Reading the knife-edge relationship between the brothers is a fascinating dip into the human psyche unto itself. Throw a beautiful woman into the mix, and ‘Red Queen’ becomes a terse psychological thriller . . . especially when Honey Brown starts readers questioning Denny’s intentions. Does she have genuine affection for both brothers? Or is she playing them off one another – and if so, to what end? This is where ‘Red Queen’ becomes a stand-out from all other dystopian’s. I feel like in other ‘disaster’ books, the triggering plague/earthquake/zombie-horde sometimes overshadows the characters. Not so in ‘Red Queen’. The virus provided the necessity for the setting, and adds a certain permeating paranoia; but ultimately ‘Red Queen’ is about human foibles and trickery. Brown has readers questioning how far human-beings will go to save themselves; what boundaries they’ll cross, and who they will betray.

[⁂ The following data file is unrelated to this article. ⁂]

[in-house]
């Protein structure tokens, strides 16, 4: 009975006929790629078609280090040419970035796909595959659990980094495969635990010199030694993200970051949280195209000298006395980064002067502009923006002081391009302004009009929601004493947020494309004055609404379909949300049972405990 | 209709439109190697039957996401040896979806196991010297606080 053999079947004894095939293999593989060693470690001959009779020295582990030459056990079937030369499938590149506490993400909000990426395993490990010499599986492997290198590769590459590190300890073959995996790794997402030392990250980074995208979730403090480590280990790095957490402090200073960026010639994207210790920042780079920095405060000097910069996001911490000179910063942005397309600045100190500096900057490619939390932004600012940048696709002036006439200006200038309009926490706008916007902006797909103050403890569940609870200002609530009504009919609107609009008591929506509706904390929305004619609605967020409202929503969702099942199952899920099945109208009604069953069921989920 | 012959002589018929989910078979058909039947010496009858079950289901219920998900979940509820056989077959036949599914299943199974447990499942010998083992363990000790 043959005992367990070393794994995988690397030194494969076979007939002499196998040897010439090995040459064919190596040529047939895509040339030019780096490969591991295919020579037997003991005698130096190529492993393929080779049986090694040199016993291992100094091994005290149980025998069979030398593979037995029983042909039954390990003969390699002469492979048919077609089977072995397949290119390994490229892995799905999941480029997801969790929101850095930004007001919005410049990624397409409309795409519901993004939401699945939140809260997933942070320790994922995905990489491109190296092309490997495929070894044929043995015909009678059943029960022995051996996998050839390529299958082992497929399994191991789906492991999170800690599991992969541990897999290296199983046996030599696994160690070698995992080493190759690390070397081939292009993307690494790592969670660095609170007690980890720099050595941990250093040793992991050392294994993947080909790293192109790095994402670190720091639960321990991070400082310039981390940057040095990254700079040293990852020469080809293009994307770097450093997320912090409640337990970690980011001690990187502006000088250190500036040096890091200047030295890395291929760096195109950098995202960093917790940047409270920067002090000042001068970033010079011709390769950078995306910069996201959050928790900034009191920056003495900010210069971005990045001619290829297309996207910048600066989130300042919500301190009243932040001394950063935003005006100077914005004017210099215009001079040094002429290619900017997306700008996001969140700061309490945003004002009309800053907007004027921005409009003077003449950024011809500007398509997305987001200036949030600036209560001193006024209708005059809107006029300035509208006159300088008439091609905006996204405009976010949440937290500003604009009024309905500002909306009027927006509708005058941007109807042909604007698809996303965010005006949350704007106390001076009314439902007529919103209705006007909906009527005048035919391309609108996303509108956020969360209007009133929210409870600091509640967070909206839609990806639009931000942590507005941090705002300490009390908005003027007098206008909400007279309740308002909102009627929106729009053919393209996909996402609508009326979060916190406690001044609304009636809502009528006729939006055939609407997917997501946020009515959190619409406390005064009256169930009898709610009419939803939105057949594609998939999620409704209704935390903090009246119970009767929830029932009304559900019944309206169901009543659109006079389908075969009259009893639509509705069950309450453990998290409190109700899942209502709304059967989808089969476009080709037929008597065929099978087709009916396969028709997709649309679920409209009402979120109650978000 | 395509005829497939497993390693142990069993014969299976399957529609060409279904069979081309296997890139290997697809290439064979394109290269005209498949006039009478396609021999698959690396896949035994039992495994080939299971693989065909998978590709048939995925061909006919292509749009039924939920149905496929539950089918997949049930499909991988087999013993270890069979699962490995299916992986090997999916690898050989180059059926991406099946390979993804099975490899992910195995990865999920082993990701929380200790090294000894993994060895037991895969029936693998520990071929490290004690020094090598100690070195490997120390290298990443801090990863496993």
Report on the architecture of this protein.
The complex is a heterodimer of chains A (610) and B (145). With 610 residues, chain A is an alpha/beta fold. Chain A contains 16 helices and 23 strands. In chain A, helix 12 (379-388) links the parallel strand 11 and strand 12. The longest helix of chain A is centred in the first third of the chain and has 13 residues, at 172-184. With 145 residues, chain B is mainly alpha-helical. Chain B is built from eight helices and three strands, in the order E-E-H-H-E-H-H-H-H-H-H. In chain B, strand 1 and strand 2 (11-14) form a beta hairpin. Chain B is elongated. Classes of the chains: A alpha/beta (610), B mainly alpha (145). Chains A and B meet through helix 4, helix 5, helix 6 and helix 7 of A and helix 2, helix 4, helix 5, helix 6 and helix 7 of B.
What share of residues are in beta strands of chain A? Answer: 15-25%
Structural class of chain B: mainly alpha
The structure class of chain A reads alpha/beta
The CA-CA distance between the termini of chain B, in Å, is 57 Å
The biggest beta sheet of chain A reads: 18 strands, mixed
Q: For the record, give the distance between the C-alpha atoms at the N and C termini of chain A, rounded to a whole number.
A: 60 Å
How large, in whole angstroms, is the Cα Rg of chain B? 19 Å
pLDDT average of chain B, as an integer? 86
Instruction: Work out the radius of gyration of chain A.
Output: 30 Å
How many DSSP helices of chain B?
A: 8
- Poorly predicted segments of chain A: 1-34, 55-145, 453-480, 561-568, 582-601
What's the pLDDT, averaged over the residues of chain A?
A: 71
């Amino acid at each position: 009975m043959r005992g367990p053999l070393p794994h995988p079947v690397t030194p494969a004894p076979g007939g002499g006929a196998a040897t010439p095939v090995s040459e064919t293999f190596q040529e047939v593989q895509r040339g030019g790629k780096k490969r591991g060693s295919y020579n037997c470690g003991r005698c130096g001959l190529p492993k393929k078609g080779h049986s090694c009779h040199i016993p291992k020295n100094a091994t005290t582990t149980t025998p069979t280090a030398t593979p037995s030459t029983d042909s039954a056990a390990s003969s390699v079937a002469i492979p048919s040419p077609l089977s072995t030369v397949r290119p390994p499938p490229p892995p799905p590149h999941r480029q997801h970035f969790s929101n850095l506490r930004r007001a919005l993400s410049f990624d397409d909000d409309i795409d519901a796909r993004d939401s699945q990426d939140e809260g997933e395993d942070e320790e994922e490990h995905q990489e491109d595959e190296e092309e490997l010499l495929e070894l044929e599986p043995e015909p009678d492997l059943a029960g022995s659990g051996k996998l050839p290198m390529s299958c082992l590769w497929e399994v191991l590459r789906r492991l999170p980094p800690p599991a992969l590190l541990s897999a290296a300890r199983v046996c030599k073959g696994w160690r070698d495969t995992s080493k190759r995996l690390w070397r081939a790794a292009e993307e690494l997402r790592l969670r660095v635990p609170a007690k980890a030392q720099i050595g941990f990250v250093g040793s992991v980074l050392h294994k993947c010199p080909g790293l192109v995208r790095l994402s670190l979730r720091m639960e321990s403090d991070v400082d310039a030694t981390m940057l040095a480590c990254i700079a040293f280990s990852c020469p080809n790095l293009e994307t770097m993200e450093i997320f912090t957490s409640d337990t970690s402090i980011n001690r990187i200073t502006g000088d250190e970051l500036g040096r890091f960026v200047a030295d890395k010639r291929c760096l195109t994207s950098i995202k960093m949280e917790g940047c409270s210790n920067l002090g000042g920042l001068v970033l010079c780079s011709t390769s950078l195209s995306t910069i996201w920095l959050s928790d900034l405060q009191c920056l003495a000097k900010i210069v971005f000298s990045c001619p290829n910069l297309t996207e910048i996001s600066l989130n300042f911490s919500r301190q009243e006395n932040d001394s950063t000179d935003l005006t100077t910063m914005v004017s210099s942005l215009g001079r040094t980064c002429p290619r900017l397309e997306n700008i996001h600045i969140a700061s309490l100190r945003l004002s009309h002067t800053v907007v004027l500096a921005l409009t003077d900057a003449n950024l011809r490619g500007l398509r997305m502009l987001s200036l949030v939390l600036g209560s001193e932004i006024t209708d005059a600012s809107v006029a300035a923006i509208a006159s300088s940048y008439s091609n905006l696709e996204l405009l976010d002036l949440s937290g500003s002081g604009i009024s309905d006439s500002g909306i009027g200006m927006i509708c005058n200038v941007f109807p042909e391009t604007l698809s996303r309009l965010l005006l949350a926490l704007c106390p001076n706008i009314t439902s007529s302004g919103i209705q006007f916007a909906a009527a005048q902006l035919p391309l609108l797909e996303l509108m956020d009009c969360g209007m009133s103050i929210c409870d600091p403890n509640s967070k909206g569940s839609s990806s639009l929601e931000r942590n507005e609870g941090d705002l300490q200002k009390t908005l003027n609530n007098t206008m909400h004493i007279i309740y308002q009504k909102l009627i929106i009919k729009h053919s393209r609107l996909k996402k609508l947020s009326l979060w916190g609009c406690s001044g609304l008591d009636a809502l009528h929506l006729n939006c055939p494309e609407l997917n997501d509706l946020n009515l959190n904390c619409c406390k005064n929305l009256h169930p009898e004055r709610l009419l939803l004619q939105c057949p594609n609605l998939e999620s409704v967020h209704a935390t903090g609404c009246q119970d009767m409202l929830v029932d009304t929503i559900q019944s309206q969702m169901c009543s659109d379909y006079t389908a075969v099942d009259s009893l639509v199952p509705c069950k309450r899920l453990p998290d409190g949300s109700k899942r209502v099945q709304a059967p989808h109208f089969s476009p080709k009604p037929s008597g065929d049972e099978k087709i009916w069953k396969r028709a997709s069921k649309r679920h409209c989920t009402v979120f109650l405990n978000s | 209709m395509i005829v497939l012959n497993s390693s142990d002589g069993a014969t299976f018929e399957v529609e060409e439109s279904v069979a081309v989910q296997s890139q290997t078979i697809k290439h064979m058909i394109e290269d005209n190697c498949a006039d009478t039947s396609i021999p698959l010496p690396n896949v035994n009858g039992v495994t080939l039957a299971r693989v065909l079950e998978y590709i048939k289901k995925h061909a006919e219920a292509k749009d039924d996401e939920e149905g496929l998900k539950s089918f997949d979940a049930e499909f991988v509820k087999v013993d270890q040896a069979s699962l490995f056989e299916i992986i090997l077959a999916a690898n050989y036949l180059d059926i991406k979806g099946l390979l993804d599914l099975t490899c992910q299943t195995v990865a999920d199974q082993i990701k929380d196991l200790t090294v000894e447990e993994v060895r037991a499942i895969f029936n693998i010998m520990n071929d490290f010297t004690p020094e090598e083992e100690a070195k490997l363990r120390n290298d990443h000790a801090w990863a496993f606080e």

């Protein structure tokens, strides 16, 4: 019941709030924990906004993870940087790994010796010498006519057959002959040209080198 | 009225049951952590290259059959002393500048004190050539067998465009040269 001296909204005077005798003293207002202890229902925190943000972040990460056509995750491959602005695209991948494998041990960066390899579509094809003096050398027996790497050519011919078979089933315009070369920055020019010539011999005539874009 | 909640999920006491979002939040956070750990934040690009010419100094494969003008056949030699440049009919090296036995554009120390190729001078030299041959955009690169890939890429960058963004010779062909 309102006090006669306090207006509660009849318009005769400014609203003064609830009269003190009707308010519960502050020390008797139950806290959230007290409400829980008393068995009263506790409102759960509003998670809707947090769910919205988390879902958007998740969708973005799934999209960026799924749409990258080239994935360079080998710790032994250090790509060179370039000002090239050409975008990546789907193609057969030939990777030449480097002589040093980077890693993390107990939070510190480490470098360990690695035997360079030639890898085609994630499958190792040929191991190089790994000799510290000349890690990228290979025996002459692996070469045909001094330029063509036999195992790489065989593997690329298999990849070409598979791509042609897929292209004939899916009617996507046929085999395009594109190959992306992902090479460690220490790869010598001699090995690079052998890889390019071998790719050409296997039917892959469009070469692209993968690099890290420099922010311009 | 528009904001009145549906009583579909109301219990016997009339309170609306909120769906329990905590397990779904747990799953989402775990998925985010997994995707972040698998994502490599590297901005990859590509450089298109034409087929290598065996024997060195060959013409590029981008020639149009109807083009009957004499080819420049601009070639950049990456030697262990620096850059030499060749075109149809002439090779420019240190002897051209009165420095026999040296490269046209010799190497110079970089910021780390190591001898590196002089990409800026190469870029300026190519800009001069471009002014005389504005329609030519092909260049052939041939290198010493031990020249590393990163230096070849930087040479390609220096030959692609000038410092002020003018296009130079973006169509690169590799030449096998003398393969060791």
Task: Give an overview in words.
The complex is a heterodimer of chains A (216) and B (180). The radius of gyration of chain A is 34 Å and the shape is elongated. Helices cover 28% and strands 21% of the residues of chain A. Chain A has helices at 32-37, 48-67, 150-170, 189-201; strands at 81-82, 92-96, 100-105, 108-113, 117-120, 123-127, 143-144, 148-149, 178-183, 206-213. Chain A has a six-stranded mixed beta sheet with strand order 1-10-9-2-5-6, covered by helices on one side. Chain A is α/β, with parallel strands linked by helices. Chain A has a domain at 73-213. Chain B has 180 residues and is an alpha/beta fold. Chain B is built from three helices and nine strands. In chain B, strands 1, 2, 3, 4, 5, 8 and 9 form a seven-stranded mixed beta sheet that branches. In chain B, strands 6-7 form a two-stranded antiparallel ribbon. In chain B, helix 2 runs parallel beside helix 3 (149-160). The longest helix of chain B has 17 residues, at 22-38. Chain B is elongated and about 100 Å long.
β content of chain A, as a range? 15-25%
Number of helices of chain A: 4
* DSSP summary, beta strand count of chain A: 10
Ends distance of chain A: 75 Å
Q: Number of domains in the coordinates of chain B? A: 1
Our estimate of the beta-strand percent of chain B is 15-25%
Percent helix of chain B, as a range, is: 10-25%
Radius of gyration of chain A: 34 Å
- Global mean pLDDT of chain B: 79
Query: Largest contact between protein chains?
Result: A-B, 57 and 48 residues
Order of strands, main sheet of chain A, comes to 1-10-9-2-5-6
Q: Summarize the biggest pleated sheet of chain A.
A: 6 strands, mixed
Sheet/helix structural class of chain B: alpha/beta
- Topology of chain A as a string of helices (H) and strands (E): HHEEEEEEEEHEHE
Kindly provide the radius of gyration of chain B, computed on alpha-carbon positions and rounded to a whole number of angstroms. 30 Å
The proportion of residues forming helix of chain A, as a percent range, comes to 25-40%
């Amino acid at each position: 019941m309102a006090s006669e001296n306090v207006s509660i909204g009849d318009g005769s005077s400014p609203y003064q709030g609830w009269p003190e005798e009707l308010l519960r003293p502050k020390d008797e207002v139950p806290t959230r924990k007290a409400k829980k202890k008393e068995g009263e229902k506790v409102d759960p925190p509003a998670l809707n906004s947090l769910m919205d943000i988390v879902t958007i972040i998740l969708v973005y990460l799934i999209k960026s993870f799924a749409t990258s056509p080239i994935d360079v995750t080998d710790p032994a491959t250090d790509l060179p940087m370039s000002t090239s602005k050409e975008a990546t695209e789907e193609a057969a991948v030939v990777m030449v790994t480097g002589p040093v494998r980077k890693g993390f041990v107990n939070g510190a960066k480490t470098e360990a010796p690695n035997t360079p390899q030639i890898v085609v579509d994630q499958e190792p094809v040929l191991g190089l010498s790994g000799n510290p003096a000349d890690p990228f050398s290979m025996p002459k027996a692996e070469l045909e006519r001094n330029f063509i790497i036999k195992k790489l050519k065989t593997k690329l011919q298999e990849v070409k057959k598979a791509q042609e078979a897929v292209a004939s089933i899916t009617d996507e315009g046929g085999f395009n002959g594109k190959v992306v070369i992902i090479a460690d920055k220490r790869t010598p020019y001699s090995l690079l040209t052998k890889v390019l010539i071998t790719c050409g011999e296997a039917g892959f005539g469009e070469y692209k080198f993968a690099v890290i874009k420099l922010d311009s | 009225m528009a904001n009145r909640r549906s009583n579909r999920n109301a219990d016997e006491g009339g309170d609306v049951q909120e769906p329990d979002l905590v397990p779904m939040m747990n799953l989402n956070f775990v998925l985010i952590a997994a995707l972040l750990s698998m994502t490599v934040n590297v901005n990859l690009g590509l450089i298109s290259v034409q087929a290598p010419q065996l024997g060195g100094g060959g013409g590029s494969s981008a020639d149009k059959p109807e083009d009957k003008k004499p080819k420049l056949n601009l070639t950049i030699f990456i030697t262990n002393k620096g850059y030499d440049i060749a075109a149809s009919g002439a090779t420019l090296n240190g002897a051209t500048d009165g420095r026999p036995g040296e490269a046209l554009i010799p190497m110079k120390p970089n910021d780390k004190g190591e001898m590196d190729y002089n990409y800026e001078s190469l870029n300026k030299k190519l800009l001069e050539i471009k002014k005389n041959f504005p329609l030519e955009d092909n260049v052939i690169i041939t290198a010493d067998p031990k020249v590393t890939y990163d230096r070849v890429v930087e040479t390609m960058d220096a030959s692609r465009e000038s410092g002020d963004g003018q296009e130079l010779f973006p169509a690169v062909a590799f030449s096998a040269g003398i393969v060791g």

Something I find fascinating in all of Brown’s books is her portrayal of women, in particular their interactions with men. She touches a lot on violence against women, particularly rape, without writing explicit scenes. Sometimes there’s more power in Brown putting the idea out there than actually reading a gut-churning rape scene. She did it in ‘The Good Daughter’, when the main character was almost gang-raped but escaped with the help of a stranger – and I honestly felt sicker in the build-up and possibility of that violence, more so than with some books in which the writer lays it all on the page. Brown does it again in ‘Red Queen’ – poking and prodding the idea of men and their dominance over women, without writing graphic scenes. As a woman, it was one of the first things I thought of when I read Denny approaching Shannon and Rohan – she does so early on in the book, when as a reader I was still trying to establish how they’d treat her – and, I admit, my mind went to rape. I think it’s a very unfortunate, but natural reaction that female readers will have in the book – that inherent “what would I do in her shoes?” and the thought of being raped by these two men is an obvious one to flit across your mind. Brown acknowledges that – she expands on it and questions it in such a way that will have you thinking on societal norms and human interactions. And that’s partly why I love reading Honey Brown’s portrayals of women – she writes our fears and thoughts without horrifying us with unnecessary graphic detail. And, as I said, Honey Brown writes better brutal build-up than some authors do violent scenes.